Since this blog is about my life (not just the kids, not just the church, and not just homeschooling), I would be remiss if I didn’t post something about the surgery I had two weeks ago. Don’t worry. It wasn’t an emergency and it wasn’t life-threatening.
Here is how it all went down. In August I went in for my annual exam. Everything looks great and I’m feeling good. All of my blood work numbers came back with healthy results and I have still managed to avoid getting on any regular medications and I’m hoping to avoid that for a very long time. At the doctor visit, the wonderful nurse practitioner asked me if I had any concerns. I told her that my only concern was the bump on my head. She said, “I don’t see a bump.” But as I pulled back my hair she could see what I was talking about and didn’t think twice about referring me to a surgeon. The best way for me to describe the bump’s location is to say that if the bump continued to grow, you would think I was growing a unicorn horn. Kind of weird, but still true.
A few weeks later at the surgeon’s office, it was decided that the bump was too big for a quick fix. I was going to need surgery. So we made plans and tried to be as prepared as possible. For the outpatient surgery, Brent went with me and kept reminding me that everything was going to be okay. Before the surgery, it was fascinating to watch all of the nurses and doctors work together as a team. At first it was a little overwhelming to have a whole bunch of people buzzing around me. But I reminded myself that all of them were there to make sure of one thing: to make sure that the procedure was a success. I kind of like having all of those people on my side. It ended up being reassuring to have them all there.
When I first woke up from the surgery I had two clear thoughts. The first was, “I woke up! Hurray!” The second was, “Wow! My head hurts!” They tried to give me some kind of narcotic medicine for the pain, but my body didn’t react very well to that. So I was sent home to start my prescription pain meds that I had filled ahead of time. That meds kept me in a daze for about a day. But honestly, it wasn’t helping much with the throbbing in my head. So eventually, I just decided to scrap it. Goodbye weird medicine!
During the surgery, the bump removal also meant there was some skin removal. Which means that there was a lot of skin stretching to bring everything back together. (Sorry if that’s kind of gross for some of you.). So now, instead of a unicorn horn, I have a Frankenstein scar! What an exchange! At least it isn’t permanent. All of my stitches will be gone after awhile, some next week and some a few weeks later.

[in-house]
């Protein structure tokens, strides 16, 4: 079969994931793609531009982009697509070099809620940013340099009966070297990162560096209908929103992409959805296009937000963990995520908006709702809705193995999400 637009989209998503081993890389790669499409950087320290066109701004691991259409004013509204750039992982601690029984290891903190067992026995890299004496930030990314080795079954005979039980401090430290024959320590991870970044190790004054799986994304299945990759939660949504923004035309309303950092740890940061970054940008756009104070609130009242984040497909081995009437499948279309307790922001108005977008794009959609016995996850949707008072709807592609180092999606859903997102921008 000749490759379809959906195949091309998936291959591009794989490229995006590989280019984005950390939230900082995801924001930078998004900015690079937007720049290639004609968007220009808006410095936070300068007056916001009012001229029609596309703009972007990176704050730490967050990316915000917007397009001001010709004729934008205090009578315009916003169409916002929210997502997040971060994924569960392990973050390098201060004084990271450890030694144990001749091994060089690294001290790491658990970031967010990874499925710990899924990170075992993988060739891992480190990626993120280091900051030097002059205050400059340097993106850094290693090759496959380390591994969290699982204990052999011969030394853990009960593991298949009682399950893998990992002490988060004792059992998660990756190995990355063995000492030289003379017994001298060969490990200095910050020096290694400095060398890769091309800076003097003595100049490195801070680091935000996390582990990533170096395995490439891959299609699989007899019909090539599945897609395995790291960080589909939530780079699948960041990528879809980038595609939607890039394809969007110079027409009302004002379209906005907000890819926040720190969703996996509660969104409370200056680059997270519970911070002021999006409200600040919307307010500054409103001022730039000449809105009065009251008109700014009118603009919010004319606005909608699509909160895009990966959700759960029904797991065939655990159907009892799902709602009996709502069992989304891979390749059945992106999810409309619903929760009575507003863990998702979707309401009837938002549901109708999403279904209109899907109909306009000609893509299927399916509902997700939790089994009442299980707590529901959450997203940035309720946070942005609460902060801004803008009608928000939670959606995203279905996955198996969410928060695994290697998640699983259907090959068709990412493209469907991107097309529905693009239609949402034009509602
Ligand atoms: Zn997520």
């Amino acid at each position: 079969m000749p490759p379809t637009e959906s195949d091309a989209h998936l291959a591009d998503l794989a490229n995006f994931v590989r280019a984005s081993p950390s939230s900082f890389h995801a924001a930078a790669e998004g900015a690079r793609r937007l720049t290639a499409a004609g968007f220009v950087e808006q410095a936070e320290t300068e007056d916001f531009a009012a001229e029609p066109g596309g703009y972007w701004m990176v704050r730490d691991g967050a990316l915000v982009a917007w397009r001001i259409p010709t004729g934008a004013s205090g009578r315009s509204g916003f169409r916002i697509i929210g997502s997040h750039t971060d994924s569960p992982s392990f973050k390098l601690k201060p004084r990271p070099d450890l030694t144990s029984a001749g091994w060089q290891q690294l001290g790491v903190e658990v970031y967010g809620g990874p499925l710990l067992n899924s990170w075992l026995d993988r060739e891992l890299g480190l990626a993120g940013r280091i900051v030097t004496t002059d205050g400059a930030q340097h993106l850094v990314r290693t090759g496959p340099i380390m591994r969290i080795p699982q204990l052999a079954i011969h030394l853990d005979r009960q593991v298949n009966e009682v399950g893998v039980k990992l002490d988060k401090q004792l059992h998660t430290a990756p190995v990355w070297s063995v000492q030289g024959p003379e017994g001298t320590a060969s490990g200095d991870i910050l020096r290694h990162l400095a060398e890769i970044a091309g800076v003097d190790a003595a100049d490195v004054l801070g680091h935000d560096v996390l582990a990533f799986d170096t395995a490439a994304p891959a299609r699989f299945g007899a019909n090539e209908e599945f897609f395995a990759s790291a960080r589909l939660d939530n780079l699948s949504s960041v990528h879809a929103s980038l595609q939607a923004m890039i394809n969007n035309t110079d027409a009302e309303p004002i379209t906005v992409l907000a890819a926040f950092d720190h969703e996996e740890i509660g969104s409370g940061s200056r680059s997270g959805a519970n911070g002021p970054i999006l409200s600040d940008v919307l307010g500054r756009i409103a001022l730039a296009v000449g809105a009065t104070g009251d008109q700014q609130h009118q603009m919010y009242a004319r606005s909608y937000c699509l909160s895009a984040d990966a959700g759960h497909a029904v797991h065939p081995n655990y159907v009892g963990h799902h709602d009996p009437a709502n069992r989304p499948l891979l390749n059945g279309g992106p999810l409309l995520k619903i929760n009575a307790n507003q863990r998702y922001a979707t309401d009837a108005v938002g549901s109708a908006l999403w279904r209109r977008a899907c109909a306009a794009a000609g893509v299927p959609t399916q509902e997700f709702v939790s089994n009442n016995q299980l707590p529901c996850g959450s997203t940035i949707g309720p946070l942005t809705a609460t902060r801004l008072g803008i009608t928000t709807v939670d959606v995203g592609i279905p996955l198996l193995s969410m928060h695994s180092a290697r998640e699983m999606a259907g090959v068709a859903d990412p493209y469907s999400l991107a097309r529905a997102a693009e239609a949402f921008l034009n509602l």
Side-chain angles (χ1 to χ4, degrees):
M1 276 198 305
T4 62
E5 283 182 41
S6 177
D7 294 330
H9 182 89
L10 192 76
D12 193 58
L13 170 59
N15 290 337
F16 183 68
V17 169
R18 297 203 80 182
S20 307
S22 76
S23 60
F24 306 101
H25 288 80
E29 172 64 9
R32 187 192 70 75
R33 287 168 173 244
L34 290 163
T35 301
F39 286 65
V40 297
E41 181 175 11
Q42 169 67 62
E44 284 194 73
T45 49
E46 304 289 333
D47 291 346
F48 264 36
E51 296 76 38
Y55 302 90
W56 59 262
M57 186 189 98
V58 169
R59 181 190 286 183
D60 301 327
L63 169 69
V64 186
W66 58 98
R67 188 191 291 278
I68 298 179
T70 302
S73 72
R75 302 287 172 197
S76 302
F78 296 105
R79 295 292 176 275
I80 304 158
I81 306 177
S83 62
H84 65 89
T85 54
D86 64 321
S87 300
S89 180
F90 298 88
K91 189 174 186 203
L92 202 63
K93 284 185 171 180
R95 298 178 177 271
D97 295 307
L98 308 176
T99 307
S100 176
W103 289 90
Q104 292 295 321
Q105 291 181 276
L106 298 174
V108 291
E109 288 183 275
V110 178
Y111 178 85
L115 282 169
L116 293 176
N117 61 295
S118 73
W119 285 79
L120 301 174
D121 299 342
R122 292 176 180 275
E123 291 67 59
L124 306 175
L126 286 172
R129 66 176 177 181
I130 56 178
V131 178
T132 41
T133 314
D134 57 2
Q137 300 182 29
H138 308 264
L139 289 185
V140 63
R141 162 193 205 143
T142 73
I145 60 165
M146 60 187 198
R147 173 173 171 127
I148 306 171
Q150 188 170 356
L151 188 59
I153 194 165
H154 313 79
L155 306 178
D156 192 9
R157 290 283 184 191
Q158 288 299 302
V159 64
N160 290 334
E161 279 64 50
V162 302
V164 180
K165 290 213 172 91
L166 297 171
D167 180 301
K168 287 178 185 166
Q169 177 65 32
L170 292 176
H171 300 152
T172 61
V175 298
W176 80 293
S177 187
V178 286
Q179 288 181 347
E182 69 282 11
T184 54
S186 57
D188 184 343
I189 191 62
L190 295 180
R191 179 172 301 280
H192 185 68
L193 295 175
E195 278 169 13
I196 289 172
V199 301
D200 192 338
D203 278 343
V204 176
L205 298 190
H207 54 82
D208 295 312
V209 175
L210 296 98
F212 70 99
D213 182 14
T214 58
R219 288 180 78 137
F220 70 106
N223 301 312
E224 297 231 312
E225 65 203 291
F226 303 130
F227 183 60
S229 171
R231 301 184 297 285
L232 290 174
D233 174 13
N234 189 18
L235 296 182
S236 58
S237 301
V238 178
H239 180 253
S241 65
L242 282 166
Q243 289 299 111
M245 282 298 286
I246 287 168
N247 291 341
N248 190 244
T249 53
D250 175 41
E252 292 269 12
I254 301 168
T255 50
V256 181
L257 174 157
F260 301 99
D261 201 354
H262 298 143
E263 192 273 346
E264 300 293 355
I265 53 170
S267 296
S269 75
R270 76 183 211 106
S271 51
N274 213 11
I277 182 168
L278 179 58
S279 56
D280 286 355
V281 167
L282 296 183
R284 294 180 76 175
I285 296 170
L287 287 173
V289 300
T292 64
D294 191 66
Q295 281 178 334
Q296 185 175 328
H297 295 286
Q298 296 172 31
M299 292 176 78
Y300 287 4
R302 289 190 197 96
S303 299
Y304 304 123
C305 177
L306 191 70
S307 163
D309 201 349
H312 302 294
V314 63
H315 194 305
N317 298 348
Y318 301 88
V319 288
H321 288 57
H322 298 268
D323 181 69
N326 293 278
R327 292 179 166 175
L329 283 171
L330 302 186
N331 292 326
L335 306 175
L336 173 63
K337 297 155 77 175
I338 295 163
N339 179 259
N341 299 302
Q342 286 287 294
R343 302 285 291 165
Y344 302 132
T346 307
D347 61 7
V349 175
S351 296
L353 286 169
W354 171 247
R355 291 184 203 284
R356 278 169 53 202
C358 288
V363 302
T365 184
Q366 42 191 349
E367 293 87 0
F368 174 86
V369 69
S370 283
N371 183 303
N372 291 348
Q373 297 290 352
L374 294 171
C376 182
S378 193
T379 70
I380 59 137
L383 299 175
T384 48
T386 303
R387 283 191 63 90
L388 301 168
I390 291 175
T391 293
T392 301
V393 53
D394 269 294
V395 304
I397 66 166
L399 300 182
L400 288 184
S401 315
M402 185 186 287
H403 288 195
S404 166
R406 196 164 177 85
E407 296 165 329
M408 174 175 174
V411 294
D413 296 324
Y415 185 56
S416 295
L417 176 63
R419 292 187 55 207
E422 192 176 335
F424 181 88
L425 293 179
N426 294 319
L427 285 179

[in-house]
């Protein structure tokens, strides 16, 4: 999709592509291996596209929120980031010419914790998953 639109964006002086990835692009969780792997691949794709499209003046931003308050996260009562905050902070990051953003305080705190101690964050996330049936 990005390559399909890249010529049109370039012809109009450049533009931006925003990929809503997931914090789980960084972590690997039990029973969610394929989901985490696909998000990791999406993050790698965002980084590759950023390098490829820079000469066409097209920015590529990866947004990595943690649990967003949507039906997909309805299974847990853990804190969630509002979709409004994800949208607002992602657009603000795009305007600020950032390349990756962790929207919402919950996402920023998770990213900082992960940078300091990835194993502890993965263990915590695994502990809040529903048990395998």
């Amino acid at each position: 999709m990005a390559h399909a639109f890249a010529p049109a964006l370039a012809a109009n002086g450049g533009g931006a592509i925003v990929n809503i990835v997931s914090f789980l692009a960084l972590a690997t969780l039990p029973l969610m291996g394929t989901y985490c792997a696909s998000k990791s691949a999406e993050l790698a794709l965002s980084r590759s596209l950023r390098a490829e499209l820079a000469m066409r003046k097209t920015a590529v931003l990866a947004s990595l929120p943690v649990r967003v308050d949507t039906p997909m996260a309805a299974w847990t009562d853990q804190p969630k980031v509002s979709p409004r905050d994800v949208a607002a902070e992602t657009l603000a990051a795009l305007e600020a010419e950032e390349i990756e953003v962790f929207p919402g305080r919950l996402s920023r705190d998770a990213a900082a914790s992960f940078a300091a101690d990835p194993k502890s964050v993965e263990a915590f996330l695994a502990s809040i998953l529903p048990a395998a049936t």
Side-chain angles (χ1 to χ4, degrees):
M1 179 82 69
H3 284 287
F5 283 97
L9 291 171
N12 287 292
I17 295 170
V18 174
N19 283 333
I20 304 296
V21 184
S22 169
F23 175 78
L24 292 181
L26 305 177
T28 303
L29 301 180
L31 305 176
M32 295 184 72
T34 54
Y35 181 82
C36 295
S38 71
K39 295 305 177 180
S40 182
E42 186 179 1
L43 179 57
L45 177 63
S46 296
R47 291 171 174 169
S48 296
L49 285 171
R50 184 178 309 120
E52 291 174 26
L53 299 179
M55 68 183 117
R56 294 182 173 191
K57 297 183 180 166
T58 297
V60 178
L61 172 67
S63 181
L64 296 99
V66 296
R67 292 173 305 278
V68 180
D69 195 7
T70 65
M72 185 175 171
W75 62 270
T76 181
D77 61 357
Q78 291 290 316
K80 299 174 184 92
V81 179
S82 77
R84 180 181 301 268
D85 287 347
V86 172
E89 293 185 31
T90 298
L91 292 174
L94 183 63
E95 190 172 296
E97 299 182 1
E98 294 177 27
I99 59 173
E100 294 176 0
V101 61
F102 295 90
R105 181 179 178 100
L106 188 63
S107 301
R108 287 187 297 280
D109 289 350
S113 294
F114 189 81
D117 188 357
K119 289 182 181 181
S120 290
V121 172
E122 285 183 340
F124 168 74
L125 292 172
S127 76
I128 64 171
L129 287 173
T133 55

I’m pretty pleased with the post-surgery progress. Here are some of the things that have been helpful with my body’s recovery:
1. Ice packs. (and a little ibuprofen). No medicine has been nearly effective as an ice pack in helping with my head’s throbbing. So I just take some ibuprofen once or twice a day to avoid a headache for the sensitive head, but I’m much more diligent about icing the scar area on a regular basis.
2. Vitamins. My surgeon gave me some literature that recommended taking vitamin C and zinc to help the body as it was healing. I like any solution that’s cheap and easy.
3. Walking shoes. (This is another part that might seem kind of gross.). Any surgery veteran knows that the first question your doctor will ask you is, “How are you feeling?” But the next question is usually, “Have you had a bowel movement?” Awkward! But still important. I tried to eat lots of fiber, even though I wasn’t eating much, and tried to start walking as soon as possible to try get things “moving along.” On the day I was ready to go buy some milk of magnesia, everything started working again! Thank goodness.
The other advantage to staying active was that it caused a distraction. Going for walks kept my mind and body busy about lots of things, so that I wasn’t always focused on the hurting head.
4. Accepting help. This one is pretty self-explanatory. Don’t be too proud to let your friends and family help you. Prayers, meals, rides for the kids’ activities, whatever helps.
5. Patience. I wanted to be able to just jump back into regular life with a regular schedule. But there was no way I could pull that off! Oh well. I guess it’s better to heal right than heal fast. I also didn’t want to overdue it and make the recovery last even longer.
Just so you know, the bump the surgeon removed was tested. It was a cyst and had no cancer in it. Praise the Lord! And now I’ve made it three days Ina row without any ibuprofen or ice packs. Hurray! So there you go, the complete surgery report with more details than you ever wanted. At least I can say that I’m not holding things back from the blog, right? Happy healing!